Sometimes you’ll hear a sentence like this:
“That product is stupid. X has been around forever, and you can do the same thing with X if you install plugin Y.”
Most recently I’ve heard this thinking applied to the new Browser, RockMelt. “Oh,” they scoff, “that’s just Google Chrome with a few extensions. Why bother.”
Maybe they’re right, maybe they’re not; that’s not the point.
The point is: never underestimate the power of default.
When building a product, the thing you should spend your most time on isn’t making sure that everyone can configure your product to their needs. It’s making sure that you’re creating a default that is perfect for the people you’re reaching out to.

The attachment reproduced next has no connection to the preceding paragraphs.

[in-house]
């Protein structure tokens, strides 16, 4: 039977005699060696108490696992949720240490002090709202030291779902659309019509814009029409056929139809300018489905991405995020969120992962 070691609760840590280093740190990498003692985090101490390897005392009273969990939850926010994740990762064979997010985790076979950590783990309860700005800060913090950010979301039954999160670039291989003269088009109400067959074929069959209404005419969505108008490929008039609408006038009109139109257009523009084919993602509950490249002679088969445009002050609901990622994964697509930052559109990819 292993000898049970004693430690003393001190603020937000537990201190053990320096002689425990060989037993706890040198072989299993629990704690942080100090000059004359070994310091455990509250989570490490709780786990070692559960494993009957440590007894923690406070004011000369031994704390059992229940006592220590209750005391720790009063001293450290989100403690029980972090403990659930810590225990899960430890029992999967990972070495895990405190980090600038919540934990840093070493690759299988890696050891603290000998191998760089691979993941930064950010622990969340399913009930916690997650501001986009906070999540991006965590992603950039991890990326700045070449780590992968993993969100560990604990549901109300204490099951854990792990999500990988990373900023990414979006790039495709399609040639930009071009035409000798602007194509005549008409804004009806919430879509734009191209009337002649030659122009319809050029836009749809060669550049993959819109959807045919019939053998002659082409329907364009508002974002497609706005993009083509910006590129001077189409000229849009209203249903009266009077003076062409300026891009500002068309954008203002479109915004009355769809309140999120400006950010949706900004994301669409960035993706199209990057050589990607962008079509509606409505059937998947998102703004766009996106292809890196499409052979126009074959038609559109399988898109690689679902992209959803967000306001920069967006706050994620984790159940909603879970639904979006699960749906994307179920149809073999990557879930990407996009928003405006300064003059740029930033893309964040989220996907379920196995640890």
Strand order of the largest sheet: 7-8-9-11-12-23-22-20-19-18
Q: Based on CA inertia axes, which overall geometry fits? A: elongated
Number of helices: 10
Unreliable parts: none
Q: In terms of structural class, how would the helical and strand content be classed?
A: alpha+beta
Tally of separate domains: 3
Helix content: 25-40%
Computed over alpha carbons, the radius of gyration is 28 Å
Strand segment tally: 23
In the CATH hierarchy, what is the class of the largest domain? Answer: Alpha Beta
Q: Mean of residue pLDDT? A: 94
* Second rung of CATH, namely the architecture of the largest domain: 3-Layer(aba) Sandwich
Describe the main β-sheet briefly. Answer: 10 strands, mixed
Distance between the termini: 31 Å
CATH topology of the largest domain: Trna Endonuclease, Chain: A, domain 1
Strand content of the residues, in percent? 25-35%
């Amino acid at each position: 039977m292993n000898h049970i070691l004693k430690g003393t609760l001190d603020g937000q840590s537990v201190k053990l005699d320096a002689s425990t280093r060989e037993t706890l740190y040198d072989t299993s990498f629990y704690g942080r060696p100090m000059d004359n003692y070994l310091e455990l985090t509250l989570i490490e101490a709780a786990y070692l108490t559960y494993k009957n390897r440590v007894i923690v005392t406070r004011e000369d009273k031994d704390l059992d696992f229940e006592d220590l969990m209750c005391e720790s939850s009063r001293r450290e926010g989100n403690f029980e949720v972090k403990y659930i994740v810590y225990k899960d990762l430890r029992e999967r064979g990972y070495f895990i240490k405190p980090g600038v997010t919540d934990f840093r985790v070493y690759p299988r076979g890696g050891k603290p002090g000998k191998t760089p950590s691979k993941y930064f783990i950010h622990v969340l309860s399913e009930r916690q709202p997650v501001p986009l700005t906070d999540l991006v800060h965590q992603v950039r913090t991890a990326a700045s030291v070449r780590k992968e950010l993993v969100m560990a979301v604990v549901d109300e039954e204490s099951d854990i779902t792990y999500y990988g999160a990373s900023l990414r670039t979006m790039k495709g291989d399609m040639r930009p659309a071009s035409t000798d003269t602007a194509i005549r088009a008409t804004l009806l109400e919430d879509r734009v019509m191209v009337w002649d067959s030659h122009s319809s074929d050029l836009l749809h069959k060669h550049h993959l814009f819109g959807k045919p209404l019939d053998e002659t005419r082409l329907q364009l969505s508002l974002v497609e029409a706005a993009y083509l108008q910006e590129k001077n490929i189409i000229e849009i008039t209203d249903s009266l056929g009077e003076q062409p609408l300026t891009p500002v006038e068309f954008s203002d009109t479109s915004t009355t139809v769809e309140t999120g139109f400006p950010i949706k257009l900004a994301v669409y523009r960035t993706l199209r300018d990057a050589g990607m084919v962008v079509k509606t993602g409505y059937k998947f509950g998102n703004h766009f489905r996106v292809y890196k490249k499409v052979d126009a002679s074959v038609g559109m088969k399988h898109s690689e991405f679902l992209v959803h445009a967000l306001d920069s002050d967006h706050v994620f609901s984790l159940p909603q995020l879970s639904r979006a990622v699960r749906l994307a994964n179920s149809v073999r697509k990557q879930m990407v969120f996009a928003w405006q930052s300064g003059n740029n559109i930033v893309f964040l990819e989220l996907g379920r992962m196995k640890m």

Apple often wins because they make an effort to choose good defaults. Unfortunately this is sometimes at the expense of configurability.
Windows Vista failed cause it had bad defaults. Do you really need all those security warnings?
“Default” is the reason IE6 still plagues us.
So I, for one, have not yet installed a single Google Chrome plugin (oh dear). Rockmelt looks pretty neat. Not sure if I’ll use it permanently yet, but I’ll give it a go for a while and see.
Never underestimate the power of default.